Standard & Poor’s raised the pressure on debt negotiators in Washington, saying it could downgrade insurers, securities clearinghouses, mortgage agencies and a laundry list of other firms without a deal soon to lift the US debt ceiling and cut the deficit.
While S&P had already made clear it could downgrade the United States’s sovereign credit rating, the Friday move struck directly at the heart of the financial system, raising the prospect of knock-on effects should the country exhaust its ability to borrow to pay bills.
The US Treasury took the last available step Friday to try and extend that borrowing capacity.
S&P on Friday put on review for possible downgrades a range of powerful financial firms — many of them little known to the public but crucial to the country’s financial infrastructure. US government securities are central to the operations of most of the companies cited.
They include the Depository Trust Co, which facilitates payment transfers among major banks, as well as several Federal Home Loan Banks and Farm Credit System Banks. They also singled out Fannie Mae and Freddie Mac, the two government-sponsored enterprises that are central to the US residential mortgage market.
S&P characterised its targets as “entities with direct links to, or reliance on, the federal government.”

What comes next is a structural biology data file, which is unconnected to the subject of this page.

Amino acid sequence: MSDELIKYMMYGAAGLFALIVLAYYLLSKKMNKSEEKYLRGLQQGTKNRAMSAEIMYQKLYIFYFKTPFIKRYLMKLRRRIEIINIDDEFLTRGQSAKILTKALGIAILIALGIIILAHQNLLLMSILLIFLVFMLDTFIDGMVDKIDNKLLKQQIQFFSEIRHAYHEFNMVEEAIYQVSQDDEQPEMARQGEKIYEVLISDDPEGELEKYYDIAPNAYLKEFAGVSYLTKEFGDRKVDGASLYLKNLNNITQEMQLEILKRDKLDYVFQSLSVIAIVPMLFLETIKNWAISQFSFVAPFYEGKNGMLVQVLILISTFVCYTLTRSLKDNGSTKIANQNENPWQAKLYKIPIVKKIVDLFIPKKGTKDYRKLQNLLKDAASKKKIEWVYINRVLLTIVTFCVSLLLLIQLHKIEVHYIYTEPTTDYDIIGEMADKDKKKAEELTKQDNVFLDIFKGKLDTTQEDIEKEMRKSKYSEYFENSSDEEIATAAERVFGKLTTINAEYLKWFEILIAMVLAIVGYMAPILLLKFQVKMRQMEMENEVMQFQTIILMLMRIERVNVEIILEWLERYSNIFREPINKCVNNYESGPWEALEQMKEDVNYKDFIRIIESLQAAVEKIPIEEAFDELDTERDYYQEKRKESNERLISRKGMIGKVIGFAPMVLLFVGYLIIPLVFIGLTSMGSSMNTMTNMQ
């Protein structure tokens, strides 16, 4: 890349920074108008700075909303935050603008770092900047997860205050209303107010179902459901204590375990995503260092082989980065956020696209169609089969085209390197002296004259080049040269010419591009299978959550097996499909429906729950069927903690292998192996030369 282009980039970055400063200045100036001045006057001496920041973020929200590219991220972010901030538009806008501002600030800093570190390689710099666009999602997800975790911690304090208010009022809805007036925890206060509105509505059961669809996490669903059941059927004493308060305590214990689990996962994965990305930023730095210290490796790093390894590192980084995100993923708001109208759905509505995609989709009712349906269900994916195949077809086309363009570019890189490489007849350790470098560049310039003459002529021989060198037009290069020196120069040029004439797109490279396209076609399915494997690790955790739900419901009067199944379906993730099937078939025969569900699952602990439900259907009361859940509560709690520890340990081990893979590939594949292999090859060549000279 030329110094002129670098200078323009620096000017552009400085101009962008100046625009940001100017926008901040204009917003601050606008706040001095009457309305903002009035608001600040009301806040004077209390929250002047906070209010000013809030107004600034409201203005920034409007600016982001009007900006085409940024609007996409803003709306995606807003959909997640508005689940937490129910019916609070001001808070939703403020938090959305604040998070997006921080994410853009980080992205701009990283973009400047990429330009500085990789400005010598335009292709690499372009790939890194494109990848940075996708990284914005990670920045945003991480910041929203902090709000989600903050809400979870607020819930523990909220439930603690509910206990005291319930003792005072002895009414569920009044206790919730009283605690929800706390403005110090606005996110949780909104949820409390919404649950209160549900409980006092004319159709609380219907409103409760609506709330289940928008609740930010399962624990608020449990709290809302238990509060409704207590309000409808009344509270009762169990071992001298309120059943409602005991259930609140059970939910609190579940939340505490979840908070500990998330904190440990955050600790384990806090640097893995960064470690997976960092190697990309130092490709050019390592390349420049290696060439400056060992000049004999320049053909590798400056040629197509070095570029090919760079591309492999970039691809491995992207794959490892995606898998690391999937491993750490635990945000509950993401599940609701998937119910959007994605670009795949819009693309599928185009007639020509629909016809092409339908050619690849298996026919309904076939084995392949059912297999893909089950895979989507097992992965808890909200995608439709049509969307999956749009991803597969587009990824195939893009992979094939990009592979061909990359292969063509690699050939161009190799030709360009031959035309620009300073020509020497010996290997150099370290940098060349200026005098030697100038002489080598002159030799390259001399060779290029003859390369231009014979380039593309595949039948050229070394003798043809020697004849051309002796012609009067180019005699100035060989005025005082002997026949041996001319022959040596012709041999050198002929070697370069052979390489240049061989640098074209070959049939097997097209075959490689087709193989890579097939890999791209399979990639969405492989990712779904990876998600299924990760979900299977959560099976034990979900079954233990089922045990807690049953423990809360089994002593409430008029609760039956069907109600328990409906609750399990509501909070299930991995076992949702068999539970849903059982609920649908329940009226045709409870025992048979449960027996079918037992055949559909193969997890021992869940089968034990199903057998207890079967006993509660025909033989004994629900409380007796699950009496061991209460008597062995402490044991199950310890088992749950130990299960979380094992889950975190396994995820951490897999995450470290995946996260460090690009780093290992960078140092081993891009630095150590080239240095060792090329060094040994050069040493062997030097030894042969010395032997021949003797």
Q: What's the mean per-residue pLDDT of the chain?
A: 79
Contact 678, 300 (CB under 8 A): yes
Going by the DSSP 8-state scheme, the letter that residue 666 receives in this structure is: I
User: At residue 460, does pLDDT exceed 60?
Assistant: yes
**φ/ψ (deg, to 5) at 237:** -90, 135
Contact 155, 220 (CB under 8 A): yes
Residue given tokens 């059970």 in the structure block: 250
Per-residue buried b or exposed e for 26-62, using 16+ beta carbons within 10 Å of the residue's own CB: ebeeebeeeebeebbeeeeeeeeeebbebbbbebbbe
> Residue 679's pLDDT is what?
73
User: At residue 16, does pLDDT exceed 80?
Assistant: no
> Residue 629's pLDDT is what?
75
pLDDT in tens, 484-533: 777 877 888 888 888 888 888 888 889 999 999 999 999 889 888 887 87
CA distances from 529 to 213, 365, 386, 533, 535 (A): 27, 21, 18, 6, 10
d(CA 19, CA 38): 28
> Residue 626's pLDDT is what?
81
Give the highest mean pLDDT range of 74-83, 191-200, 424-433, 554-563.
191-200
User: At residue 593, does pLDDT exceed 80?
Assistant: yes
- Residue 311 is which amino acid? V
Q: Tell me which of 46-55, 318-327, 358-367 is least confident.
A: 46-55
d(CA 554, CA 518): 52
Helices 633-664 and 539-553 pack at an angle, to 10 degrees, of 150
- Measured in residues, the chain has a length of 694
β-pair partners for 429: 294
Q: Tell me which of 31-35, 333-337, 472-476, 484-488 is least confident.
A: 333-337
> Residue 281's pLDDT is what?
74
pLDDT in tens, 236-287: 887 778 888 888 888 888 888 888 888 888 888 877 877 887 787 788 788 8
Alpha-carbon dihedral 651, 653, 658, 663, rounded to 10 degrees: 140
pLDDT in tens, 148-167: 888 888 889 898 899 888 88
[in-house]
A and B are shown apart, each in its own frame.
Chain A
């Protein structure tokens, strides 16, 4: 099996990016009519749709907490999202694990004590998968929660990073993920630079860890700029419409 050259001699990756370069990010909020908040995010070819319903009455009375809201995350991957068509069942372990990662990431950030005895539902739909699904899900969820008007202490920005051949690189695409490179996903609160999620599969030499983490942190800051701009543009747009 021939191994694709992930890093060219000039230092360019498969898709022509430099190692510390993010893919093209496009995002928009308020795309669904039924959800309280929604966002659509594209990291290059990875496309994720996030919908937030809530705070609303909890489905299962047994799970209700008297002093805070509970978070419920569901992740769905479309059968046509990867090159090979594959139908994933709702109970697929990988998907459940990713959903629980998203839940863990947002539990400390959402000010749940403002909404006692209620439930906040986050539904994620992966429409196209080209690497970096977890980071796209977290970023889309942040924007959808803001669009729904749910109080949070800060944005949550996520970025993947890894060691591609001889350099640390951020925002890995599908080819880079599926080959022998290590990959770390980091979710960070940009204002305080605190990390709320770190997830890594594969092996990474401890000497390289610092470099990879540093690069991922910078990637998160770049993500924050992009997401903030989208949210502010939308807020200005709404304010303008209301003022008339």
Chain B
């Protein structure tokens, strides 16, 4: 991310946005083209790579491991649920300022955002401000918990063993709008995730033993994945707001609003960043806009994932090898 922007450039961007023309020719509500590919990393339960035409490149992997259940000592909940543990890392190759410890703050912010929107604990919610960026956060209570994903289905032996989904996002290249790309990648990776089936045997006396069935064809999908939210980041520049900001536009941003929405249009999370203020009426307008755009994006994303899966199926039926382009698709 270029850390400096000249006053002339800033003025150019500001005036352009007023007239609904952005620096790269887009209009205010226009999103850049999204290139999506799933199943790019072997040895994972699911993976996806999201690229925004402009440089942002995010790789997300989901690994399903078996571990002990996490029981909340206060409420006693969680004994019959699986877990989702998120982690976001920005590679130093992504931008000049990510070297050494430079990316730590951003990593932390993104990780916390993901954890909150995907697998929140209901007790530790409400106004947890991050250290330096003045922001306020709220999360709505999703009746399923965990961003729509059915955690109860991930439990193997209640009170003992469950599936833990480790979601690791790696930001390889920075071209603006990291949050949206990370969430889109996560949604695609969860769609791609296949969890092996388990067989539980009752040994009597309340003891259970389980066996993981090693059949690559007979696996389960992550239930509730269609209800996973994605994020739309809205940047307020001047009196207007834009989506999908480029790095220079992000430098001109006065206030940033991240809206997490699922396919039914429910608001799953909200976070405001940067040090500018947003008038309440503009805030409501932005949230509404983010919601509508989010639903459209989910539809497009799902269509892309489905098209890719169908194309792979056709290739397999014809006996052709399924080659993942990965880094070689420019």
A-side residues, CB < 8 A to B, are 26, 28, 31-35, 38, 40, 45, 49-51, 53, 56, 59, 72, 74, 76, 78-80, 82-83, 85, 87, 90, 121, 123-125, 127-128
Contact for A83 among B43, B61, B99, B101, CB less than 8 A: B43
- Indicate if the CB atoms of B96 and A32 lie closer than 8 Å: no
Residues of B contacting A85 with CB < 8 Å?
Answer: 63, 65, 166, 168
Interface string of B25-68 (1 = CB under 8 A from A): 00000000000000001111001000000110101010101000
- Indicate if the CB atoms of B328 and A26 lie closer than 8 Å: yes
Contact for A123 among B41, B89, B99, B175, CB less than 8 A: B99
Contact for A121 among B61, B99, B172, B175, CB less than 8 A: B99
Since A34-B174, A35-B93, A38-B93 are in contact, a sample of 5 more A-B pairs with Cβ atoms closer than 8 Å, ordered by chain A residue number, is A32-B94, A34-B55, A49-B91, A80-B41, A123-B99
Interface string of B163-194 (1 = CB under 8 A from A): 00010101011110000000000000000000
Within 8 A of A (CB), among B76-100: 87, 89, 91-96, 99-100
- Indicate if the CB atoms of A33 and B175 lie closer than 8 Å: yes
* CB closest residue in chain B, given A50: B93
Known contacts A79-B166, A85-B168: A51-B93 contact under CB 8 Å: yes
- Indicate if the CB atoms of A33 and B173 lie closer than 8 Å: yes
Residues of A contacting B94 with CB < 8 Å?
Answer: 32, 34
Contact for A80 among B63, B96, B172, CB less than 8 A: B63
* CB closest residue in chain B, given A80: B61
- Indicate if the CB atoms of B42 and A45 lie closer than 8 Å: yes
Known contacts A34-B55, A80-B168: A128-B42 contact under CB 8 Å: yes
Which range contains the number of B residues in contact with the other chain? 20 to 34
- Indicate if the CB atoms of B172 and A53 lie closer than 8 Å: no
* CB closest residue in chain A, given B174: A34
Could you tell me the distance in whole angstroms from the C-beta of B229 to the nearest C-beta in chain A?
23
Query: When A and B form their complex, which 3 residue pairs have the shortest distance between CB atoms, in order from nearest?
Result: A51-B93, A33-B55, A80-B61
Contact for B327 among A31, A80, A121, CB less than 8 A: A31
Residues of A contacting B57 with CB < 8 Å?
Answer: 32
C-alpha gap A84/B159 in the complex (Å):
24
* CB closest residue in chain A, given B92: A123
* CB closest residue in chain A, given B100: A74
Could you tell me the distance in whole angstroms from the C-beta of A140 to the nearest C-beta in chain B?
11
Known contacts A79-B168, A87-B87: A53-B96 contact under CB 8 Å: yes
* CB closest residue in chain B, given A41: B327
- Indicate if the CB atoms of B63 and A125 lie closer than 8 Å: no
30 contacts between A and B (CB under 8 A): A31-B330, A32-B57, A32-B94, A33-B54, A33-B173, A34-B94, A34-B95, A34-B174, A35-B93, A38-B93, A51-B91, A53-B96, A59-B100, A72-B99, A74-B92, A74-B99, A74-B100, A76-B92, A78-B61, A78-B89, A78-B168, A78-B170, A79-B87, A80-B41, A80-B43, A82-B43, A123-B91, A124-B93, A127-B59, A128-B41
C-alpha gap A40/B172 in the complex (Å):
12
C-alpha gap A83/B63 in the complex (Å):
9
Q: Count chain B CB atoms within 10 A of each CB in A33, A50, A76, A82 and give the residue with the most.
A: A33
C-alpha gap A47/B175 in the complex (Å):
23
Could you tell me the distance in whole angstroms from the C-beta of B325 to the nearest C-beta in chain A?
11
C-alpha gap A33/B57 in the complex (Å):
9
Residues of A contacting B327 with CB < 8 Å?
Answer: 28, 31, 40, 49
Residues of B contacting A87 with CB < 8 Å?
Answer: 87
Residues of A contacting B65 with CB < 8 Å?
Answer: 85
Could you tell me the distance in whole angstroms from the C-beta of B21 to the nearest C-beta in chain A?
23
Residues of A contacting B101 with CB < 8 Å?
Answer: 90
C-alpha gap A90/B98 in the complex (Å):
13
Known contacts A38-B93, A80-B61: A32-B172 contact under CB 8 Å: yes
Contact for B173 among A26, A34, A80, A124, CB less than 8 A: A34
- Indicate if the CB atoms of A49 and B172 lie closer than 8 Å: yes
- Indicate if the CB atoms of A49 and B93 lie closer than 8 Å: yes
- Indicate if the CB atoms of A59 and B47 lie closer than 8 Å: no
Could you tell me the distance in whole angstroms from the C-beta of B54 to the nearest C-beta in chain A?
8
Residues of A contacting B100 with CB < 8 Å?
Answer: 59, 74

Separately, the agency said the four remaining US nonfinancial companies with triple-A ratings were not affected by the downgrade threat.
“S&P is firing a warning shot, saying the entire financial clearing system is in question,” said Peter Niculescu, a partner at Capital Markets Risk Advisors, a risk management advisory firm in New York.
He raised the prospect of a financing squeeze for financial institutions if Treasury debt is downgraded. S&P said Friday it still sees the risk of default as “small, though increasing.”
Nik Khakee, an S&P analyst who worked on the team assessing the clearinghouses, emphasized that the decline for the triple A-rated companies from “outlook negative” to “creditwatch negative” — signaling a 50 per cent chance of a downgrade within three months — directly follows a similar change for the debt of US government securities.
Earlier this week, Moody’s also put its US credit rating on review for a possible downgrade.
Some investors downplayed the chances of a severe market reaction if the United States is downgraded, given that the market has known this could be coming.